Harry Bert Merrihew, graduate of Highland Park College of Pharmacy of Des Moines, Iowa, commissioned this building in 1900 for his Lehi Drug Store. The upstairs portion of the thirty-by-fifty-foot structure served as a lodge room for the Odd Fellows and Modern Woodmen of the World fraternal orders. The Lehi Drug Store had the finest soda fountain in the city’s history. The intricately carved walnut cabinet where soda glasses were stored is presently displayed in the Hutchings Museum. This ornate item features a large arched mirror backdrop and a marble counter top.
In 1917 Merrihew sold the Lehi Drug Store to John Franklin Bradshaw and his brother-in-law, Gerald R. Taylor. In 1919 the Lehi Drug Company traded the Merrihew Building to the Bank of Lehi in exchange for the Lehi Opera House and the Garff Building immediately west. The State Bank if Lehi then moved two doors west into the former Lehi Drug Store. To accommodate the bank’s continuous growth, a new addition was built onto the north of the building in August 1930. When the new bank building was completed in 1953, the Merrihew Building became home to Julian’s Drug Store. The upstairs portion of the building became an apartment for the Paul Julian family. A decade later, the building was purchased by Lenard and Twila Rockwell, who also located their family on the premises. The commercial portion of the building downstairs became the home of the Lehi Post Office, then later Jo’s Fashions, a beauty shop owned by JoAnn Zimmerman.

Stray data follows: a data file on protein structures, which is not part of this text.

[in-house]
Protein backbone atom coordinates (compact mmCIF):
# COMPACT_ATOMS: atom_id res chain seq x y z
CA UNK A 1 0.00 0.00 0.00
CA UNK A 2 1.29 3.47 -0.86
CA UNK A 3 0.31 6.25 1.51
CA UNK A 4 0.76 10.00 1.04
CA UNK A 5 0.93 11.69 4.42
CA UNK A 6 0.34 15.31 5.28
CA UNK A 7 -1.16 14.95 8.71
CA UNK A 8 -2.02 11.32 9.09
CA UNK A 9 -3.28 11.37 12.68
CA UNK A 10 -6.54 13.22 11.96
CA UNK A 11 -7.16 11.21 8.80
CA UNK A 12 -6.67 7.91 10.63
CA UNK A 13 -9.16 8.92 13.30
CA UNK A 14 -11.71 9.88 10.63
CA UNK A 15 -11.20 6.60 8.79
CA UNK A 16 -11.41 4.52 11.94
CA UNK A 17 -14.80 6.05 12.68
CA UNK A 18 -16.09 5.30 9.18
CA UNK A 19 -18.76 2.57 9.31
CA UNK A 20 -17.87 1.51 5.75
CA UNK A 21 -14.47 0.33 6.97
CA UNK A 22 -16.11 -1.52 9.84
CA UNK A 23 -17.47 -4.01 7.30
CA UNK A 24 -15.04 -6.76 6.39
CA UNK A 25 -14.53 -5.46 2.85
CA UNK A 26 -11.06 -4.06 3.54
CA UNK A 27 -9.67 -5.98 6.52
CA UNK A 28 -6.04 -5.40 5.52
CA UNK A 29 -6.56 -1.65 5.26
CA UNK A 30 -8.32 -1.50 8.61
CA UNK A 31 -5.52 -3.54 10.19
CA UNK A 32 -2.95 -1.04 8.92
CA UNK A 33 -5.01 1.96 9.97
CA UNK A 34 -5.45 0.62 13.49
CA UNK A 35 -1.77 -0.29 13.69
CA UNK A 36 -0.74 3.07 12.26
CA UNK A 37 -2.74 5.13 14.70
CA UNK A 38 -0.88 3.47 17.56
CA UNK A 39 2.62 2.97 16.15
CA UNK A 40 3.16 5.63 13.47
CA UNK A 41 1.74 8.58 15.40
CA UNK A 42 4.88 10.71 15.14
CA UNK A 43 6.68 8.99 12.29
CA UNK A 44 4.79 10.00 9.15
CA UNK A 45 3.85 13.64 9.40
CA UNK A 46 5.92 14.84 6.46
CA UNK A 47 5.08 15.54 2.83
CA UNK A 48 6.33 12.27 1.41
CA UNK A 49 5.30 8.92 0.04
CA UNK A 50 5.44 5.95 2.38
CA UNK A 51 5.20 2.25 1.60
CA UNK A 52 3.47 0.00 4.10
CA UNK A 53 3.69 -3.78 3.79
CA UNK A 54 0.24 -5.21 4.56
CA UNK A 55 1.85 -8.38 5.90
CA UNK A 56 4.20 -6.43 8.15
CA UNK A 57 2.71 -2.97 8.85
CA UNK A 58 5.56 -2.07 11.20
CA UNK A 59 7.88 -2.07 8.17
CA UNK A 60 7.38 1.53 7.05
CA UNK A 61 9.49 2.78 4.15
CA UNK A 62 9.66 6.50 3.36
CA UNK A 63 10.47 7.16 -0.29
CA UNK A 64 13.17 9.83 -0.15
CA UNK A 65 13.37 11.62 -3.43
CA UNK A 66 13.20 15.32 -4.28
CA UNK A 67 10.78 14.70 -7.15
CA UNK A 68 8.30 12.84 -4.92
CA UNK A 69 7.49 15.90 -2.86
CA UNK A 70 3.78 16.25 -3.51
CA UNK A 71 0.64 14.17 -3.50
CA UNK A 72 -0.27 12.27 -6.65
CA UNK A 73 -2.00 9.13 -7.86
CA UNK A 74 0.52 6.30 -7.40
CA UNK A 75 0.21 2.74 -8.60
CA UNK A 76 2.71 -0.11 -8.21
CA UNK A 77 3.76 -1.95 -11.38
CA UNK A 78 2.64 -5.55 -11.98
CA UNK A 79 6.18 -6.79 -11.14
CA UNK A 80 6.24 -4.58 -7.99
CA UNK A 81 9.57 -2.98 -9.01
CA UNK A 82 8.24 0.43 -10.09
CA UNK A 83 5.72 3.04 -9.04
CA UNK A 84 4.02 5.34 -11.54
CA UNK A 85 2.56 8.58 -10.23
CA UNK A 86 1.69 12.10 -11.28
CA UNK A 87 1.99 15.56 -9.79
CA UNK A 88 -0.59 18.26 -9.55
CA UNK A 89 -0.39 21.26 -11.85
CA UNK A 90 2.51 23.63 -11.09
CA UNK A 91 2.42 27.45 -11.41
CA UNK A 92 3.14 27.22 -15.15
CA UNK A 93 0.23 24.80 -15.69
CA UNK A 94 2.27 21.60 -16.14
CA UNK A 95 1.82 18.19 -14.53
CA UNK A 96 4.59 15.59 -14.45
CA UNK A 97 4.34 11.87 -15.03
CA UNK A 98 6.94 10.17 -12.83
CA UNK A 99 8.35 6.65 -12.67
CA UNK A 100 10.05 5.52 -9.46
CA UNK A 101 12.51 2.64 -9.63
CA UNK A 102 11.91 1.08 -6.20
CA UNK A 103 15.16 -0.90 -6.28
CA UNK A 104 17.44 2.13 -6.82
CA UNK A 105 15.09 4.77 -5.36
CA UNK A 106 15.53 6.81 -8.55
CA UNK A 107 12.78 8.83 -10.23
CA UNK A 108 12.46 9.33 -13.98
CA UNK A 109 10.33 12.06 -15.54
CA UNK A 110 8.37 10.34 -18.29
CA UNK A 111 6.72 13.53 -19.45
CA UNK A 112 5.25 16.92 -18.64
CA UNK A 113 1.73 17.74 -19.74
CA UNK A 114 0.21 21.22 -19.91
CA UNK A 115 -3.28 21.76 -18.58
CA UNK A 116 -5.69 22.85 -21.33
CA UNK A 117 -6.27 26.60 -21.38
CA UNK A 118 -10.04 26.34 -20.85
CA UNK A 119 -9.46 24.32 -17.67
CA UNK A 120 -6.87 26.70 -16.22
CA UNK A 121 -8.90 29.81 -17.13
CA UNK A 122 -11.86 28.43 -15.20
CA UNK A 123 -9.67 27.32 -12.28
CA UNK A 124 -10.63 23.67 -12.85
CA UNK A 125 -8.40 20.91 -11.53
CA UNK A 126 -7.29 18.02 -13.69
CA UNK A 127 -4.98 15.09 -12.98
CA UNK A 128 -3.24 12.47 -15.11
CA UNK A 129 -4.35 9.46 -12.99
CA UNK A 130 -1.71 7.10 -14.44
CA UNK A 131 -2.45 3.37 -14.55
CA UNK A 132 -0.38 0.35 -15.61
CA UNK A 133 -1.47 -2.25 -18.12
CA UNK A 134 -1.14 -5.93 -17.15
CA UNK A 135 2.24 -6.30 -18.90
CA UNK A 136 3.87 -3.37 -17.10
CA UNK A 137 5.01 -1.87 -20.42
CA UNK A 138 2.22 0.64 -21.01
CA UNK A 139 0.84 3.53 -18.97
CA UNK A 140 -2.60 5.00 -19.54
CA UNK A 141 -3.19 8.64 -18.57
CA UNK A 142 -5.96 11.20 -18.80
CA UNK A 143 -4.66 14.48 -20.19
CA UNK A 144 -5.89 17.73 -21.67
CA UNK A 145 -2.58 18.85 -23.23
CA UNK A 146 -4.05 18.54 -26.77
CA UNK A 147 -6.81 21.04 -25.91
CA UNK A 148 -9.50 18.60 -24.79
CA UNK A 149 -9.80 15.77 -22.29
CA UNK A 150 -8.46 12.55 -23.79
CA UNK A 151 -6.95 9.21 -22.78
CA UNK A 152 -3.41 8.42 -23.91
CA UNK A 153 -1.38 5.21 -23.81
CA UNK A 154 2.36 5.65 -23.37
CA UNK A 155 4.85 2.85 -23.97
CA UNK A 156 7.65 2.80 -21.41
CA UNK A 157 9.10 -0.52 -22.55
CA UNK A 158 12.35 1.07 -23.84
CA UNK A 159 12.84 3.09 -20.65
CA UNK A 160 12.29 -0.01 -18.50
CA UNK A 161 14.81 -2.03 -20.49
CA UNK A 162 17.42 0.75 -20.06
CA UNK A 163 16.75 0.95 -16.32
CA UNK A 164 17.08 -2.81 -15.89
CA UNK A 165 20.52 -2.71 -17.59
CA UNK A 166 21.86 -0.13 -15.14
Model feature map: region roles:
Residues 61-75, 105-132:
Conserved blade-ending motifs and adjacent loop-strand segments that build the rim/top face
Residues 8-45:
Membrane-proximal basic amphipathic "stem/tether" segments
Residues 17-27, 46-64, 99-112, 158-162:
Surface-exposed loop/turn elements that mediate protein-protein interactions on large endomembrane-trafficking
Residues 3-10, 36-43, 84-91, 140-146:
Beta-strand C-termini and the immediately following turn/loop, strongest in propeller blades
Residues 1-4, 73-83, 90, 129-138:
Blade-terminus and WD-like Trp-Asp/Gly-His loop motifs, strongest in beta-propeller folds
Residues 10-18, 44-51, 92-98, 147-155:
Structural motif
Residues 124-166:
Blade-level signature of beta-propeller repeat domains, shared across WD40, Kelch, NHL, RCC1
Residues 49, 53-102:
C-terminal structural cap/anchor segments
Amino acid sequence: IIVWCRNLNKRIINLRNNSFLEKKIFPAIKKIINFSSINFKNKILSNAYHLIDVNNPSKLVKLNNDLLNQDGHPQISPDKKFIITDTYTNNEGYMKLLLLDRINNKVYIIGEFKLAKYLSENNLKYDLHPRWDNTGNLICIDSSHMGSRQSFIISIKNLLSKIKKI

In 1973 Wes and Geraldine Dalley purchased 98 West Main from the Rockwells. Over the years they maintained a jewelry store and gift shop, Dalley’s Tropicals, and a Grandfather Clock emporium. In 1982 the Dalleys obtained a listing for their building on the National Register of Historic Places and commenced a nearly two-decade long project of restoring the stately structure. Geraldine’s Gifts of Love has been maintained in the elegantly refurbished store since then.
96 West Main Street in Lehi, Utah
(The owner of this building also owns the Thomas Austin Home)